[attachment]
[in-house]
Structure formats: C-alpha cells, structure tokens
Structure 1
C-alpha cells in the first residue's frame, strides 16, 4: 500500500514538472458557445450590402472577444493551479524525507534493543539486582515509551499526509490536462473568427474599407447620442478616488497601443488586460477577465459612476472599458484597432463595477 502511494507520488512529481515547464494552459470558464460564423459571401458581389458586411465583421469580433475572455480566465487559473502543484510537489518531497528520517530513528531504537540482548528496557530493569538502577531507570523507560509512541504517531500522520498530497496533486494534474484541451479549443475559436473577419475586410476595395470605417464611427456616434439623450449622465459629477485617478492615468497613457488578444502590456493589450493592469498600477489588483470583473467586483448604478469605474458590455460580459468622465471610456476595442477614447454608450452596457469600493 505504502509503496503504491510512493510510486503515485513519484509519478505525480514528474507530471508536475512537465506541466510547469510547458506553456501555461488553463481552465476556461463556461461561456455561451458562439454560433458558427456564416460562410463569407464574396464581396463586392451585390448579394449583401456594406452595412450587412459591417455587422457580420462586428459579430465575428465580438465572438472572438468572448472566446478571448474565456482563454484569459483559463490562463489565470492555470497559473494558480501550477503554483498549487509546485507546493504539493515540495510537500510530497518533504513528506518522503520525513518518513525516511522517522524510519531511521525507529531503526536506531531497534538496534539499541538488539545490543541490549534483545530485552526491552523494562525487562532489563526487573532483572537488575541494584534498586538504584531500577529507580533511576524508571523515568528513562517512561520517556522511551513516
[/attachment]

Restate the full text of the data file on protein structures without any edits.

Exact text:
[in-house]
Structure formats: C-alpha cells, structure tokens
Structure 1
C-alpha cells in the first residue's frame, strides 16, 4: 500500500514538472458557445450590402472577444493551479524525507534493543539486582515509551499526509490536462473568427474599407447620442478616488497601443488586460477577465459612476472599458484597432463595477 502511494507520488512529481515547464494552459470558464460564423459571401458581389458586411465583421469580433475572455480566465487559473502543484510537489518531497528520517530513528531504537540482548528496557530493569538502577531507570523507560509512541504517531500522520498530497496533486494534474484541451479549443475559436473577419475586410476595395470605417464611427456616434439623450449622465459629477485617478492615468497613457488578444502590456493589450493592469498600477489588483470583473467586483448604478469605474458590455460580459468622465471610456476595442477614447454608450452596457469600493 505504502509503496503504491510512493510510486503515485513519484509519478505525480514528474507530471508536475512537465506541466510547469510547458506553456501555461488553463481552465476556461463556461461561456455561451458562439454560433458558427456564416460562410463569407464574396464581396463586392451585390448579394449583401456594406452595412450587412459591417455587422457580420462586428459579430465575428465580438465572438472572438468572448472566446478571448474565456482563454484569459483559463490562463489565470492555470497559473494558480501550477503554483498549487509546485507546493504539493515540495510537500510530497518533504513528506518522503520525513518518513525516511522517522524510519531511521525507529531503526536506531531497534538496534539499541538488539545490543541490549534483545530485552526491552523494562525487562532489563526487573532483572537488575541494584534498586538504584531500577529507580533511576524508571523515568528513562517512561520517556522511551513516